Lesar: Notre Dame QB Brandon Wimbush needs to find swagger

Al Lesar
South Bend Tribune

SOUTH BEND – Sure was a far cry from the self-inflicted, all-consuming quarterback distraction the Notre Dame football team tried to rise above the past two springs.

But curious, nonetheless.

Saturday’s 27-14 Gold victory over Blue didn’t have many nits worth picking when it came to the guy taking the snaps (even a couple under center, by the way).

This wasn’t two years ago when Zaire forced Golson out of the limelight — and the university — in a competition that was anything but friendly. Or last year when the ultimate referendum on Zaire or Kizer took wwwwwaaaaaayyyyy too long.

This was more showcase than showdown for junior Brandon Wimbush and sophomore Ian Book, two swagger-less guys who seemed more comfortable in — and around — the pocket than at the podium.

It’s not a criticism or a bad thing — it’s just a fact. Kizer took a while to grow into the confidence that, given his recent headline-grabbing bluster, he appears to be oozing with now.

It takes a while to comprehend the magnitude of the position. It hasn’t hit yet. Humility is an admirable trait, but there comes a time when “The Man” must assert himself — and let everyone else know it.

Saturday wasn’t the day for Wimbush. He was happy, with his comments, to blend into the anonymity of the quarterback room and the offense, in general.

“I played within the system,” Wimbush said after completing 22 of 32 passes for 303 yards, no touchdowns and two picks in the loss. “We had opportunities to put the ball in the end zone a couple times and we came up short.

“We’re growing. We’re going through the process. Every chance I get will help my growth as a young quarterback. All of the quarterbacks are improving, getting better.”

After Saturday’s exhibition that was watched by more than 20,000 folks in the construction zone known as Notre Dame Stadium (probably more than the players needed hard hats), Wimbush and Book took their turn in front of a media group that has forgotten what spring can be like without the heightened tension of indecision.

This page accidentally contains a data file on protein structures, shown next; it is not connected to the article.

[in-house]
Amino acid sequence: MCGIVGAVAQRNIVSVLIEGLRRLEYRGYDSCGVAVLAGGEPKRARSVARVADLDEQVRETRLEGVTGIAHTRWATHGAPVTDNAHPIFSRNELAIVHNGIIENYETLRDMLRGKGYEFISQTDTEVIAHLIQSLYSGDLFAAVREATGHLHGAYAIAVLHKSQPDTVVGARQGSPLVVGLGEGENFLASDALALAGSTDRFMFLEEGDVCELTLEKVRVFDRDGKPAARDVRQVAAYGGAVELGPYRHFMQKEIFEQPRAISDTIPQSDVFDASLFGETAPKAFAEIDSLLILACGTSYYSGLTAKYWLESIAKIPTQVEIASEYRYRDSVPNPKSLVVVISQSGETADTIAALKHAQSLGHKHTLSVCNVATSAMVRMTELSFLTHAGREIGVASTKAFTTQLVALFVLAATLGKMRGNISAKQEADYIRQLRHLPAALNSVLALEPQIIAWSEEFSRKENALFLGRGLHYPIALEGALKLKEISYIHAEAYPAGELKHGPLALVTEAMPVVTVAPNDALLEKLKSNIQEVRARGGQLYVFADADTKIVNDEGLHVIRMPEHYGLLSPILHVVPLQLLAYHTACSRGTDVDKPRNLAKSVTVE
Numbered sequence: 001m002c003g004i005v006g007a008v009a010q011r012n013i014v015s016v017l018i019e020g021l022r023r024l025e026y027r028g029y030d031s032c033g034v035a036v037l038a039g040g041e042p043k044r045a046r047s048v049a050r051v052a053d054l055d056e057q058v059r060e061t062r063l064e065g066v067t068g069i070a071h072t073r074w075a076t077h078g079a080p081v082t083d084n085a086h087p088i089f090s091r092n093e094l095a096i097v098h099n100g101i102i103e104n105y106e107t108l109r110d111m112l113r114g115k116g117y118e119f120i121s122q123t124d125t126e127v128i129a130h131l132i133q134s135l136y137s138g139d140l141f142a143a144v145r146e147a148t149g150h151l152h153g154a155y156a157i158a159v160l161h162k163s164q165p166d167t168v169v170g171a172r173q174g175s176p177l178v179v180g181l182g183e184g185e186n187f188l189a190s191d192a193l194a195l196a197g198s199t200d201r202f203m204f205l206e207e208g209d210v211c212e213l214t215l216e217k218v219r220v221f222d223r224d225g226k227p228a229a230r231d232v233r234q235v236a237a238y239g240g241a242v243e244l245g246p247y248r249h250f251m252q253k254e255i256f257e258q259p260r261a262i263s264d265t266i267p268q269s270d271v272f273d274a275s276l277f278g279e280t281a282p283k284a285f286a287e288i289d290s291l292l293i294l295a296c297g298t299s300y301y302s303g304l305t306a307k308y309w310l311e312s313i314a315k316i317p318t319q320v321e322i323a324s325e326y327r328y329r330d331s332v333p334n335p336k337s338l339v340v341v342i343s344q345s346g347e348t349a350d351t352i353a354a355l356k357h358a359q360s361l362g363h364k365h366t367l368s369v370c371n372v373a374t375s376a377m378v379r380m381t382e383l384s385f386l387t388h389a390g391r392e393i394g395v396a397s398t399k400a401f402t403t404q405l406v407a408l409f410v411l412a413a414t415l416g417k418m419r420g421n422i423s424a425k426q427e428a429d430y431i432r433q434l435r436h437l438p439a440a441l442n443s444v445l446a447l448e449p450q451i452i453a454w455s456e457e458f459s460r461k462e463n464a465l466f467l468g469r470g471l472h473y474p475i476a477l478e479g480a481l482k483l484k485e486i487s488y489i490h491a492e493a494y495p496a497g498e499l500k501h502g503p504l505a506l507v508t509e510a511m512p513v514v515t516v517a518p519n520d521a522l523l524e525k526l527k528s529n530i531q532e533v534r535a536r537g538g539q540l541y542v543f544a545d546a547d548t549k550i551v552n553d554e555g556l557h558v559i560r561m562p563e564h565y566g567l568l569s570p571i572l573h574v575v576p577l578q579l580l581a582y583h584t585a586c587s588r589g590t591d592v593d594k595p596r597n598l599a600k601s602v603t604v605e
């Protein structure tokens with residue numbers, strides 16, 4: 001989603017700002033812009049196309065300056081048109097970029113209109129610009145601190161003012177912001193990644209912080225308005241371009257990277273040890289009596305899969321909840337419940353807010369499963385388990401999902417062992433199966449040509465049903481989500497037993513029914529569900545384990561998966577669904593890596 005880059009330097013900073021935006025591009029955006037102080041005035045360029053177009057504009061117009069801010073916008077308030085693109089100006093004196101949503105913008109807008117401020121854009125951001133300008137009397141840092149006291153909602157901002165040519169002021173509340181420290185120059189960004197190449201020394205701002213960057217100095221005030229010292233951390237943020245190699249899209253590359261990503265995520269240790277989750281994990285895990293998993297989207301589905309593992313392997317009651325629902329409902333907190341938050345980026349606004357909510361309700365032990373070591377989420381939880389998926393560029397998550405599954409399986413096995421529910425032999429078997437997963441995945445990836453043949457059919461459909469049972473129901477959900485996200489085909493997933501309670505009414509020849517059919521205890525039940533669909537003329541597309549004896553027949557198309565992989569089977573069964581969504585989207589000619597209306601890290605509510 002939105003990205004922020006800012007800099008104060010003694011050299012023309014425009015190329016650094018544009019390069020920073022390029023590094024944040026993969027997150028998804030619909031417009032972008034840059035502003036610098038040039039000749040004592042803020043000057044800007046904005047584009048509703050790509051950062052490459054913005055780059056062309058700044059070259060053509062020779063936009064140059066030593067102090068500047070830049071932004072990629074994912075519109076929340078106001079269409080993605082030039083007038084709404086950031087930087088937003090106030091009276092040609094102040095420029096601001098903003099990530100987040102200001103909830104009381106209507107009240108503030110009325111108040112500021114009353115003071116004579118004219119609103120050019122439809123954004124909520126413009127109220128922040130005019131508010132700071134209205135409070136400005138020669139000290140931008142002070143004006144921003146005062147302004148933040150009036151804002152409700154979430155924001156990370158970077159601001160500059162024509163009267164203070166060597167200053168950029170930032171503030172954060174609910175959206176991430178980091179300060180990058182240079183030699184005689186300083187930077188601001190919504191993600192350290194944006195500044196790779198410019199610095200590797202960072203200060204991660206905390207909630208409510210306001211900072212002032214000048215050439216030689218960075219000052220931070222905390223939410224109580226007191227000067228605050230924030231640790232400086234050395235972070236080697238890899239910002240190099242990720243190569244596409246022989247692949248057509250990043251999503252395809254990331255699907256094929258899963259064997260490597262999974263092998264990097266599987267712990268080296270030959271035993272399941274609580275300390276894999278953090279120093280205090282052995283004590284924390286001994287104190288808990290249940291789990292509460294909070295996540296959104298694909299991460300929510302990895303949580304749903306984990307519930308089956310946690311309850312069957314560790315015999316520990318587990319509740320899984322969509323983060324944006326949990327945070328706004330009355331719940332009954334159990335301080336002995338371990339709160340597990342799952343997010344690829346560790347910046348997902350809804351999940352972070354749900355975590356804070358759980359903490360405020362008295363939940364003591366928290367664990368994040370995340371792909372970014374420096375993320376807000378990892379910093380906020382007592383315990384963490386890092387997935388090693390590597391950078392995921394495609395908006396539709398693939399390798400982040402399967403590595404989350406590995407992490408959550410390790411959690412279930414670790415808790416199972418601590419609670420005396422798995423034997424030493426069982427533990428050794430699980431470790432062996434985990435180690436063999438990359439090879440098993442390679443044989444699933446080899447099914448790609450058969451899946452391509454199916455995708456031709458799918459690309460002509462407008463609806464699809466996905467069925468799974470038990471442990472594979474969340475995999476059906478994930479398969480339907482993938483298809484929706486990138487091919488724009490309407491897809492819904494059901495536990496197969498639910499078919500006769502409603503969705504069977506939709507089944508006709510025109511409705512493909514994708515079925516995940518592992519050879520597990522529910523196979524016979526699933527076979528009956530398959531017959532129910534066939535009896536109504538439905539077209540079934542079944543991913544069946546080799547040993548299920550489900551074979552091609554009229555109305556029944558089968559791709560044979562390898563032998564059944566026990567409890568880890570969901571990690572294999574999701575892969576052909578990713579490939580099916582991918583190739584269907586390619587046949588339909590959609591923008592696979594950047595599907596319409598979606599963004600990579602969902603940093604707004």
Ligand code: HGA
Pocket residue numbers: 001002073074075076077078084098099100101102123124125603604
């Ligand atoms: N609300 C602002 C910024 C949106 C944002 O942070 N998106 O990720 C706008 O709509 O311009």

Actually, without either guy being edgy, it was really pretty bland.

It’s Wimbush’s team. And Book may be more ready for an emergency role than most would have thought.

“There's no quarterback controversy,” said Irish coach Brian Kelly, likely more relieved to say that than thinking he’s dropping a bombshell.

There was a suggestion to Kelly that Wimbush struggled, compared to Book (17 of 22, 277 yards, 1 TD).

The coach bristled.

Of course, Book didn’t have defensive end Daelin Hayes (7 tackles, 3 sacks) breathing down his backside all day — even if the quarterbacks were off limits for contact. Just the sight of that disruptive force, even though no punishment will follow, can get a guy off his game.

“(Wimbush is) learning our offense,” Kelly said. “He's learning the reads. He's, again, a freshman (rookie) quarterback. Every snap that he takes gets him closer to prepared for where we want him. I don't think we rate him as struggling versus playing superior football, as much as this is just the learning process for him; that he continues to learn every single day.

“I loved everything that happened to him today. It's how you take it, right? He's just wide-eyed, listening, paying attention and just totally committed to the process of getting better. And that's really what I think about more so than, you know, trying to label whether they played really well or they didn't play really well.”

He just needs to strut a little bit more before Temple comes to town.

It’s all part of the job.

Brandon Wimbush reacts after a sack is called due to the two-hand touch rule for QB's during the Notre Dame spring football Blue-Gold game Saturday, April 22, 2017, at Notre Dame Stadium in South Bend. Tribune Photo/ROBERT FRANKLIN